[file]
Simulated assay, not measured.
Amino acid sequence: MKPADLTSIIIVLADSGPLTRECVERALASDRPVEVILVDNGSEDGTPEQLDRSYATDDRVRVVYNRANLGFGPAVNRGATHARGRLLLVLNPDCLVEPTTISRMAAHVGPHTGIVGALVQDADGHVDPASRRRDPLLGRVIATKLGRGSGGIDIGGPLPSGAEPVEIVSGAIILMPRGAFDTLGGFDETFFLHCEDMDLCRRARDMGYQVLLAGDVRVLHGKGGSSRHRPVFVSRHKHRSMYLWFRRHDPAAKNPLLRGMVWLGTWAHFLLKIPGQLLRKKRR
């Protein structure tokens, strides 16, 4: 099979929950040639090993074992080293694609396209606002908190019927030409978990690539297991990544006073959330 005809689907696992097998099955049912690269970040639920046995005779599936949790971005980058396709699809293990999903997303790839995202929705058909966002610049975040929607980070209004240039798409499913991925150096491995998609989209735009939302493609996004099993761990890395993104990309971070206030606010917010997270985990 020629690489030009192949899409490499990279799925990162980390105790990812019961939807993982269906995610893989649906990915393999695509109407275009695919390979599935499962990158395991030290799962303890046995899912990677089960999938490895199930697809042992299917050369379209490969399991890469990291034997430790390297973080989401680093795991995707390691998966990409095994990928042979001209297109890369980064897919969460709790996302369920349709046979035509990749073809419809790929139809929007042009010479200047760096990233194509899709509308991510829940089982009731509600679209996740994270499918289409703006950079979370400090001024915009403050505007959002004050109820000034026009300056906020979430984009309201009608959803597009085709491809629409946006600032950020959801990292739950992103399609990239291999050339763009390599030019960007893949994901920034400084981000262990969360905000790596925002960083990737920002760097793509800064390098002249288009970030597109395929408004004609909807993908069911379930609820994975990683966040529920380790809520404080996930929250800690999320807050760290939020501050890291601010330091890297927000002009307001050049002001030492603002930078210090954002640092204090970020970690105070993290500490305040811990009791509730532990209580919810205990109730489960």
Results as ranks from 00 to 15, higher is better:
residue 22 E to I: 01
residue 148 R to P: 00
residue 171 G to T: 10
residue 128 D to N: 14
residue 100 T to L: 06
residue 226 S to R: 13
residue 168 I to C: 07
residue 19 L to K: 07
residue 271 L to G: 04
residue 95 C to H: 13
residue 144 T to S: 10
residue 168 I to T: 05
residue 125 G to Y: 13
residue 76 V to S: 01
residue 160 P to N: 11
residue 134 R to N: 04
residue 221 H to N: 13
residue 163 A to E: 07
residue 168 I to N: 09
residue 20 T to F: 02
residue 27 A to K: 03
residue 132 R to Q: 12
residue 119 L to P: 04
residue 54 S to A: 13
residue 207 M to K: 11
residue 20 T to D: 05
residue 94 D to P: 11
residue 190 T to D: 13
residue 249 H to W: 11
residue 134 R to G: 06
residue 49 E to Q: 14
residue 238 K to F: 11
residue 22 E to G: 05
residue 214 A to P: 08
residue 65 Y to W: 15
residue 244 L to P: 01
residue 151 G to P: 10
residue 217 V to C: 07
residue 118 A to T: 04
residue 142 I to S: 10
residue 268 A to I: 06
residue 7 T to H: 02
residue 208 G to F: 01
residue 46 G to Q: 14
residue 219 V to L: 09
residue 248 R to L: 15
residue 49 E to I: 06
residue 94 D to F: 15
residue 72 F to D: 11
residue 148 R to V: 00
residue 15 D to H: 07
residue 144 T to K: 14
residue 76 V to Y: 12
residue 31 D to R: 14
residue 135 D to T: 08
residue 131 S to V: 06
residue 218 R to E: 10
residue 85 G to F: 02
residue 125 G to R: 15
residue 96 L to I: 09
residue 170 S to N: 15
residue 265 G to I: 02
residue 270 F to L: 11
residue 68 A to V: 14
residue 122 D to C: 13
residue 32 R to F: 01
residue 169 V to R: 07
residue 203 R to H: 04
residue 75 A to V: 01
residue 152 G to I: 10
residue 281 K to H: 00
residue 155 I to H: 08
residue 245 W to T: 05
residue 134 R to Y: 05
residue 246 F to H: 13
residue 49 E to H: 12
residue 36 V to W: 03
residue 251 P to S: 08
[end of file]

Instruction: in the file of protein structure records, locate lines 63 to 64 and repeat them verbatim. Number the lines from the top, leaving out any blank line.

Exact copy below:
residue 125 G to R: 15
residue 96 L to I: 09